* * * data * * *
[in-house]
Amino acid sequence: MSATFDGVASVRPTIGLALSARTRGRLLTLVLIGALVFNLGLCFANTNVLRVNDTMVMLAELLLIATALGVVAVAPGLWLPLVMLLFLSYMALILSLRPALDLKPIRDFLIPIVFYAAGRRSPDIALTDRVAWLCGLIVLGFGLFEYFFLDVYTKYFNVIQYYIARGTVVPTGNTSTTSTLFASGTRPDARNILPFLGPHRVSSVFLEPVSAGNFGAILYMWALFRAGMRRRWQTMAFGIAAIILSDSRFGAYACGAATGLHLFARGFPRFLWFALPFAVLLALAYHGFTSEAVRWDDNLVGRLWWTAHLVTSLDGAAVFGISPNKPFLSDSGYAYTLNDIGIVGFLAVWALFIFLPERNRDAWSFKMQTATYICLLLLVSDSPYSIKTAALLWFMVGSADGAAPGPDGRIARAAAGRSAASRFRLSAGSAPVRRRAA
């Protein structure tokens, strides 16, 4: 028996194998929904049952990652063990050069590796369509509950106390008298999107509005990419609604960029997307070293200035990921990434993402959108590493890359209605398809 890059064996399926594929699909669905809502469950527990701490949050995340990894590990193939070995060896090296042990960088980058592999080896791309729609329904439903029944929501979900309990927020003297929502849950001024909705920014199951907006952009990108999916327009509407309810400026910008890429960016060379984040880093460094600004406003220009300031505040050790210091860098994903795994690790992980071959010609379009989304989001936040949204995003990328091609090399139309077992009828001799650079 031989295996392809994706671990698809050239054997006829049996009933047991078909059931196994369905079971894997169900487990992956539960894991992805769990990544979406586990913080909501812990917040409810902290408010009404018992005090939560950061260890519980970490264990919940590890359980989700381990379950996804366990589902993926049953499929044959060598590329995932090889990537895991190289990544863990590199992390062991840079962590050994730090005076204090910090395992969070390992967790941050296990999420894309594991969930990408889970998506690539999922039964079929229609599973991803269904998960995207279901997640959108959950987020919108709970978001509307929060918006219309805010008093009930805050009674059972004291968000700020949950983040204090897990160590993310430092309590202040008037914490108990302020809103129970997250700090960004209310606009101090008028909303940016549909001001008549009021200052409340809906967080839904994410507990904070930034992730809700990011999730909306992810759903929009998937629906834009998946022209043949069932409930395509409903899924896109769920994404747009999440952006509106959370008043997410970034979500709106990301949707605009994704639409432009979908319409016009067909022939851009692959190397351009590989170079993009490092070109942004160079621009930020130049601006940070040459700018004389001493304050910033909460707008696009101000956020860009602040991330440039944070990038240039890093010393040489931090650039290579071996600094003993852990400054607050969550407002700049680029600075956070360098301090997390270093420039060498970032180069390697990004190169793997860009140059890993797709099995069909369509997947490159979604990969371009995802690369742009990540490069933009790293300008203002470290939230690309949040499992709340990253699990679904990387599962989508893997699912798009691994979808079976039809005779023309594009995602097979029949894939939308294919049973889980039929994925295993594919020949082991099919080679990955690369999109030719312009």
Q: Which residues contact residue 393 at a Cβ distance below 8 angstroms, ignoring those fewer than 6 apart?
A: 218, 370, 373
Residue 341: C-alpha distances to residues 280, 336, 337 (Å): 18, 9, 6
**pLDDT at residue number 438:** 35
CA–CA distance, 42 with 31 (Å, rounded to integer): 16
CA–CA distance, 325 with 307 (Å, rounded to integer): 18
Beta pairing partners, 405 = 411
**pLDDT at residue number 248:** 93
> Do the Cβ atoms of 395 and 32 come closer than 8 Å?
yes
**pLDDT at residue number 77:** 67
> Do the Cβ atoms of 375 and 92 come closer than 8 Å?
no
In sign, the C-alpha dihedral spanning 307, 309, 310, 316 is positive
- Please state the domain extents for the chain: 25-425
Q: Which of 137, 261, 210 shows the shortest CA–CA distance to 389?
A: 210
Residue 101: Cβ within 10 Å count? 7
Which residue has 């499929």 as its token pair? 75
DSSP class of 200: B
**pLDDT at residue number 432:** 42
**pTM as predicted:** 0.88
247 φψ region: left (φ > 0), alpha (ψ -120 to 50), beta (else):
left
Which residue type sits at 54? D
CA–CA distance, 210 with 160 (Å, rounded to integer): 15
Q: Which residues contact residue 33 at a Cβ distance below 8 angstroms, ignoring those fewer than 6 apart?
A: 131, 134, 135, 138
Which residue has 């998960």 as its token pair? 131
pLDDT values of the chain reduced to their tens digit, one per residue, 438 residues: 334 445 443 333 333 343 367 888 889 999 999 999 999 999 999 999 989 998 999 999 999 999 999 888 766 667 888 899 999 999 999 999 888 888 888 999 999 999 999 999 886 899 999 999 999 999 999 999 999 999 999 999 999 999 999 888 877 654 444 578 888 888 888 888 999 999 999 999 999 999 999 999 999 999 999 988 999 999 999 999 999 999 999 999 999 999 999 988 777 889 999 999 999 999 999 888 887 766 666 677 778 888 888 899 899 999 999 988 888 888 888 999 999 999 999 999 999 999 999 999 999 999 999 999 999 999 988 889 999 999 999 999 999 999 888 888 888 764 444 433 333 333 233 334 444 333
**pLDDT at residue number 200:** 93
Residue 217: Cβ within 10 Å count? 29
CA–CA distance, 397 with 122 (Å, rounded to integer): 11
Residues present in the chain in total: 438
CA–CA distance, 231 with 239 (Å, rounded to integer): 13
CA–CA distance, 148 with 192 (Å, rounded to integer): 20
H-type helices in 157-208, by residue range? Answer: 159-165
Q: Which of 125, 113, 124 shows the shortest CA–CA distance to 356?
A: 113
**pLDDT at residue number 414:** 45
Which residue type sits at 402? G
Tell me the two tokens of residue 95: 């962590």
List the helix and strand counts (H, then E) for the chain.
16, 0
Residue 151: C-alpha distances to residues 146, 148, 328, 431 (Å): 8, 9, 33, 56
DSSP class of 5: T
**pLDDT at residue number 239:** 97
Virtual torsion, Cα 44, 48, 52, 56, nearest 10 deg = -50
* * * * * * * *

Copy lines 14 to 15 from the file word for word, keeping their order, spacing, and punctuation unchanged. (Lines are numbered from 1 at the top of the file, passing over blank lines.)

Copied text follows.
**pLDDT at residue number 77:** 67
> Do the Cβ atoms of 375 and 92 come closer than 8 Å?